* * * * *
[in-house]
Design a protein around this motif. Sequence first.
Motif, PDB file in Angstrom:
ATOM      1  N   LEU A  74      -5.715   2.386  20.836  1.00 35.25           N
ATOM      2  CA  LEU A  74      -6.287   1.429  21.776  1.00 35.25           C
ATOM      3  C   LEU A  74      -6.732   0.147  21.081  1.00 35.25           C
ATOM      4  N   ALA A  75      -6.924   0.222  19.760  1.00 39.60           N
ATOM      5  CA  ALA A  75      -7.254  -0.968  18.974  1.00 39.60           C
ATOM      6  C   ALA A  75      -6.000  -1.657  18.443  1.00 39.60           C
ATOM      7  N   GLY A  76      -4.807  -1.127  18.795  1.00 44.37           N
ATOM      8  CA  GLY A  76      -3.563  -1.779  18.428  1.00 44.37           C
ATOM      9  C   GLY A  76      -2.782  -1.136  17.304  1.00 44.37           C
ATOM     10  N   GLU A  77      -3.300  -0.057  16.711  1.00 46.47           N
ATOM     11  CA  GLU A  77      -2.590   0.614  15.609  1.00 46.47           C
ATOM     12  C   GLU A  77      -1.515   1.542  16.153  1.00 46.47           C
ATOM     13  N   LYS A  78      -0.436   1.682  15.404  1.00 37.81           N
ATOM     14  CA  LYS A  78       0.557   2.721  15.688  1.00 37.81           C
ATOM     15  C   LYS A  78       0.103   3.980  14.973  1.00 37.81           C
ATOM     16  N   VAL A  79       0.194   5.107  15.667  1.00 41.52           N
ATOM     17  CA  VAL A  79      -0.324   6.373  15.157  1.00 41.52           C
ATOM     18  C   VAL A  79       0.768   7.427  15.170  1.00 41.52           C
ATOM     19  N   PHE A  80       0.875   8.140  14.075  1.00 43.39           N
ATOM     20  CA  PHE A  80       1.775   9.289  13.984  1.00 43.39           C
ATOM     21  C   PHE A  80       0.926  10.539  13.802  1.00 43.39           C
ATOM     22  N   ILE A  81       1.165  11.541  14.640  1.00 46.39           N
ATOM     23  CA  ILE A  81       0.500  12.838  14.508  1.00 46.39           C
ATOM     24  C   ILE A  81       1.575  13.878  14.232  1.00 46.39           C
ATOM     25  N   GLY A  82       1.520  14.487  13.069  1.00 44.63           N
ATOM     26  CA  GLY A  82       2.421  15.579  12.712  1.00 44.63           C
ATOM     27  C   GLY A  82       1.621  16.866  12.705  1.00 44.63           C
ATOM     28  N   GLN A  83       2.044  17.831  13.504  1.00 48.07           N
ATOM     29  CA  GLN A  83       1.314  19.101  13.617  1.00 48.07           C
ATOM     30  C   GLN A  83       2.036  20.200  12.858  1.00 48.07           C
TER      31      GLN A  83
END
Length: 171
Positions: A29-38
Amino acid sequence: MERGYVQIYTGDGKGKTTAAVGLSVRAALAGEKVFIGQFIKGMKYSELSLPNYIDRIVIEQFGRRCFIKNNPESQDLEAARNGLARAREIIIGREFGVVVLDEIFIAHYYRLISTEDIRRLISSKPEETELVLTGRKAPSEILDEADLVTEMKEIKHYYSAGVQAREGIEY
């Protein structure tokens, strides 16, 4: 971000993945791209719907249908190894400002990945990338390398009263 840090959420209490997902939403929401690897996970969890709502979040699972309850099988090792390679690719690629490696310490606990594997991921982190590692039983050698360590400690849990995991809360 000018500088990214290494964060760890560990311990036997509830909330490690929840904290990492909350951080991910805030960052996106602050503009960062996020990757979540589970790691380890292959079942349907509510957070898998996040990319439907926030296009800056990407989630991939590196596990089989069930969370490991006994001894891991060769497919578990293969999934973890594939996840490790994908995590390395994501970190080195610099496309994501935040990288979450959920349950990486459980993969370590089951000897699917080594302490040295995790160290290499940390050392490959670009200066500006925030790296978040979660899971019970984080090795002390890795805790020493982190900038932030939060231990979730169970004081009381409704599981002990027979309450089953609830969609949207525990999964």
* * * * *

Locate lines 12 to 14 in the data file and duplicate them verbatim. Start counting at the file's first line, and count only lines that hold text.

ATOM      9  C   GLY A  76      -2.782  -1.136  17.304  1.00 44.37           C
ATOM     10  N   GLU A  77      -3.300  -0.057  16.711  1.00 46.47           N
ATOM     11  CA  GLU A  77      -2.590   0.614  15.609  1.00 46.47           C